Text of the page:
"We don't always post all positions, particularly when we are seeking alternative placements," said Harriet Konstantinidis, the interim assistant superintendent for human resources. "In this situation, the directive was to seek an alternative placement for Dr. Hernandez."

The School Board will vote on the new job Oct. 12.

Ron Matus can be reached at or (727) 893-8873.

Pinellas schools to investigate administrator's role in hiring of daughter's boyfriend 09/27/10 [Last modified: Tuesday, September 28, 2010 9:12pm]
Photo reprints | Article reprints

© 2017 Tampa Bay Times


Join the discussion: Click to view comments, add yours

  1. Jones: Bucs need success to get national respect


    Tampa Bay Times columnist Tom Jones offers up his Two Cents on the world of sports.

    No respect

    Tampa Bay Buccaneers head coach Dirk Koetter walks the field during the second day of mandatory minicamp at One Buccaneer Place in Tampa, Fla., on Wednesday, June 14, 2017. LOREN ELLIOTT   |   Times
  2. Hopes fade after landslide destroys Chinese village (w/video)


    Crews searching through the night in the rubble left by a landslide that buried a mountain village under tons of soil and rocks in southwestern China found 15 bodies, but more than 110 more people remained missing.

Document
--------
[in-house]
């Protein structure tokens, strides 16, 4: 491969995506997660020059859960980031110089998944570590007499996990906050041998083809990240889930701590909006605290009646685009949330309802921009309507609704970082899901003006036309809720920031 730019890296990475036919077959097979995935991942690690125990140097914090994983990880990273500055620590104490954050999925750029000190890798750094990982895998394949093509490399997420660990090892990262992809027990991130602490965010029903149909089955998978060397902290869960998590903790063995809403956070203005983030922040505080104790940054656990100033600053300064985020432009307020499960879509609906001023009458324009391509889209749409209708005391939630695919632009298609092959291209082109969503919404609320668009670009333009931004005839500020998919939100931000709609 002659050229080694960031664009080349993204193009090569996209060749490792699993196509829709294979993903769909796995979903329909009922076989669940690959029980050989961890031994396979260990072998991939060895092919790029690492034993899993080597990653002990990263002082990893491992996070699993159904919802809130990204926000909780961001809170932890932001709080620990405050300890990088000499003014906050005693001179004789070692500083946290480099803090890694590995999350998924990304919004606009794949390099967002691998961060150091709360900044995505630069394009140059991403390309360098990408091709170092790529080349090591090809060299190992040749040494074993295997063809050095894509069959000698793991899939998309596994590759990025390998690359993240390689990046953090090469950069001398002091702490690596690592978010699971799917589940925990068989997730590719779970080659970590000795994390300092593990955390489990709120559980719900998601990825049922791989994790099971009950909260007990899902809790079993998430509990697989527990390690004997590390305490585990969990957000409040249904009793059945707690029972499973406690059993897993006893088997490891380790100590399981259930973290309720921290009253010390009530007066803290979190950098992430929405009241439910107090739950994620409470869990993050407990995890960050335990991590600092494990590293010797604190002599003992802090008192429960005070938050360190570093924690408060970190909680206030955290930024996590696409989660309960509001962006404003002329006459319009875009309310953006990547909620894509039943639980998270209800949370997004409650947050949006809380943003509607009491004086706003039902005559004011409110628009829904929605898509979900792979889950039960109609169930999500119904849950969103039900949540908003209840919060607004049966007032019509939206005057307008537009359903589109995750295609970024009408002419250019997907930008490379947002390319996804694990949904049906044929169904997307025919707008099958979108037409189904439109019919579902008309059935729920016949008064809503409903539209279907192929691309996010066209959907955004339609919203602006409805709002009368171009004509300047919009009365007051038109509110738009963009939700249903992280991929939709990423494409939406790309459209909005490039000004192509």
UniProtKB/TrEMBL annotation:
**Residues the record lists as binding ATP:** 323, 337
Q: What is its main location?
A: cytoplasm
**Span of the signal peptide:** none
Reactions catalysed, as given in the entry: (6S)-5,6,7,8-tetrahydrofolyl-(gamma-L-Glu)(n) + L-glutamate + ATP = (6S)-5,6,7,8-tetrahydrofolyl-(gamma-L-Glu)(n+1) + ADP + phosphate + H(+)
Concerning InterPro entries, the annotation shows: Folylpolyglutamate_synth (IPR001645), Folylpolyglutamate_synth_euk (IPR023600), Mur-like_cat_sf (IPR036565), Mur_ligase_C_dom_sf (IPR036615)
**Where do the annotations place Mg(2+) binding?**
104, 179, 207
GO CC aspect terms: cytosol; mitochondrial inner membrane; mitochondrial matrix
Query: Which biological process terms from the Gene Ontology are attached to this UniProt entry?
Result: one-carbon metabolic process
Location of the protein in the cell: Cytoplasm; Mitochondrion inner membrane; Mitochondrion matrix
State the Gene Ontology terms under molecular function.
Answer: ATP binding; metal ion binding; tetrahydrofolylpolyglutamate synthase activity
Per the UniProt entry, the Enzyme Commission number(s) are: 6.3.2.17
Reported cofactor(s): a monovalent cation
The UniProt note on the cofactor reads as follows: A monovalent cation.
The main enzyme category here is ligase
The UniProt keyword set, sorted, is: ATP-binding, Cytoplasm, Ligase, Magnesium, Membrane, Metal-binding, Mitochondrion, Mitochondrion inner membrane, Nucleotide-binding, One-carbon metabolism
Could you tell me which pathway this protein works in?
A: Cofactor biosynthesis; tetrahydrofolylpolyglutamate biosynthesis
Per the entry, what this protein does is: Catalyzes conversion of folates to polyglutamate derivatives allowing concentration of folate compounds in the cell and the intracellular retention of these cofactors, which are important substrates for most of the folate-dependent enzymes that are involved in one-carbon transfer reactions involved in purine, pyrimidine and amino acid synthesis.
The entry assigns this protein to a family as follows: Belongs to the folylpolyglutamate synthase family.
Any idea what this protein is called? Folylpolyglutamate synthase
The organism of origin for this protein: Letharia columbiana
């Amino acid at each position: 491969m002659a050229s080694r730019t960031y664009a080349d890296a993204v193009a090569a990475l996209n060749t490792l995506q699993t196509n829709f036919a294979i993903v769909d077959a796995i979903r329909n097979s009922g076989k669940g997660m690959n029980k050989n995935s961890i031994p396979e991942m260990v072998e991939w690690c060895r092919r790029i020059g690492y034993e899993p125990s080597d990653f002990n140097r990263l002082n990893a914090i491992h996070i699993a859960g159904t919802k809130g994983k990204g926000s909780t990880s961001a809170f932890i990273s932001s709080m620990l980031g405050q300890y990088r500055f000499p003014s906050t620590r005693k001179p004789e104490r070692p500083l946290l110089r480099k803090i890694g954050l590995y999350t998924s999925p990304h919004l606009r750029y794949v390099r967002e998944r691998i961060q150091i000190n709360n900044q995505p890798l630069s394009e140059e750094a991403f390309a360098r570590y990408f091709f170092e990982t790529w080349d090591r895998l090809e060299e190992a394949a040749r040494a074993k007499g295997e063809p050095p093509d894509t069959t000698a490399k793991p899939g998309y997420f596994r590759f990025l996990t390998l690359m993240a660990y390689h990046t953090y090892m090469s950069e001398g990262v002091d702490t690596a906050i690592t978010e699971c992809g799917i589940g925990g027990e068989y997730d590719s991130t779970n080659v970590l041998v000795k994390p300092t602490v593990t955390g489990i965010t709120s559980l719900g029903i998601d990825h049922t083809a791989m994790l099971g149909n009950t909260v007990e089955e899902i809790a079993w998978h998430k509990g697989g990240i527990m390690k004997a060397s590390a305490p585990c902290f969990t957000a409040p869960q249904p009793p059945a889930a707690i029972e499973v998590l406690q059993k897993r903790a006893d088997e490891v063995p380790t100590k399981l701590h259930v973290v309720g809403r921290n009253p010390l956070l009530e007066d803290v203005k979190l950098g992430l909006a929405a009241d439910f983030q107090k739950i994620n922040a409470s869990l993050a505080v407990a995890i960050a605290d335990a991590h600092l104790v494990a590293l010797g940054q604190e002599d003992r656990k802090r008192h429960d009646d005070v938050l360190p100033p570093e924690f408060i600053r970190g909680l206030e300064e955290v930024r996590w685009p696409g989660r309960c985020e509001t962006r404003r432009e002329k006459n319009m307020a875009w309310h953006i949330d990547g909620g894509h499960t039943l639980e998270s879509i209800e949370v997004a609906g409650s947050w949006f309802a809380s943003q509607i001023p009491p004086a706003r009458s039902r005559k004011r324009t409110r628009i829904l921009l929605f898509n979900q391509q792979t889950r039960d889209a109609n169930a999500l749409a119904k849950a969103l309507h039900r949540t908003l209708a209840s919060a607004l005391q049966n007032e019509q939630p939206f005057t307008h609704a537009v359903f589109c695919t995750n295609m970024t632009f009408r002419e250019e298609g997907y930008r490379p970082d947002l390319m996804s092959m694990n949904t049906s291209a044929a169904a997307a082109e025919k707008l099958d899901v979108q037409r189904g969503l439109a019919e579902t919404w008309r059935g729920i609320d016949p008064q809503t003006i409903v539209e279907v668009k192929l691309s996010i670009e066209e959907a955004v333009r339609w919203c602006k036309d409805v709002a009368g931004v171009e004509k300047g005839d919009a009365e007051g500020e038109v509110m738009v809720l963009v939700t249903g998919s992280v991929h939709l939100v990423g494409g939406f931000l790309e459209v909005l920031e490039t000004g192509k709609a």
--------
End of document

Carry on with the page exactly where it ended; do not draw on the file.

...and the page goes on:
Vehicles and people line a road leading to the site of a landslide in Xinmo village in Mao County on Saturday in southwestern China’s Sichuan Province. More than 100 people remained missing after the village was buried under tons of rocks and soil.
  3. Rookie Jake Faria dissatisfied with performance in Rays' loss to Orioles

    The Heater

    ST. PETERSBURG — The rookie pitcher walked to his locker Saturday after tossing the fourth quality start in as many tries to begin his career. He held the potent Orioles bats to three runs and for six innings gave his team a chance to win.

    Orioles third baseman Manny Machado tags out the Rays’ Mallex Smith at third after a rundown in the first inning.
  4. Thousands converge in two St. Pete locations celebrating LGBT rights

    Human Interest

    ST. PETERSBURG — Tom Rockhill didn't know what to expect Saturday, but by noon people were knocking on the door of his bar Right Around the Corner in Grand Central.

    (From left to right) Emma Chalut 18, gets a rainbow sticker on her cheek from her sister Ellie, 15 both of Jacksonville before the annual St. Pete Pride parade in downtown St. Petersburg on Saturday. This year the route was changed from the Grand Central and Kenwood area to Bayshore Drive.
[EVE EDELHEIT   |   Times]
  5. Retired Florida Supreme Court Justice Parker Lee McDonald dies

    TALLAHASSEE — A former Florida Supreme Court justice, who wrote a decision that prevented lawyers from excluding jurors because of their race, has died.

    Former Florida Supreme Court Justice Parker Lee McDonald died Saturday, the court said in a statement. He was 93.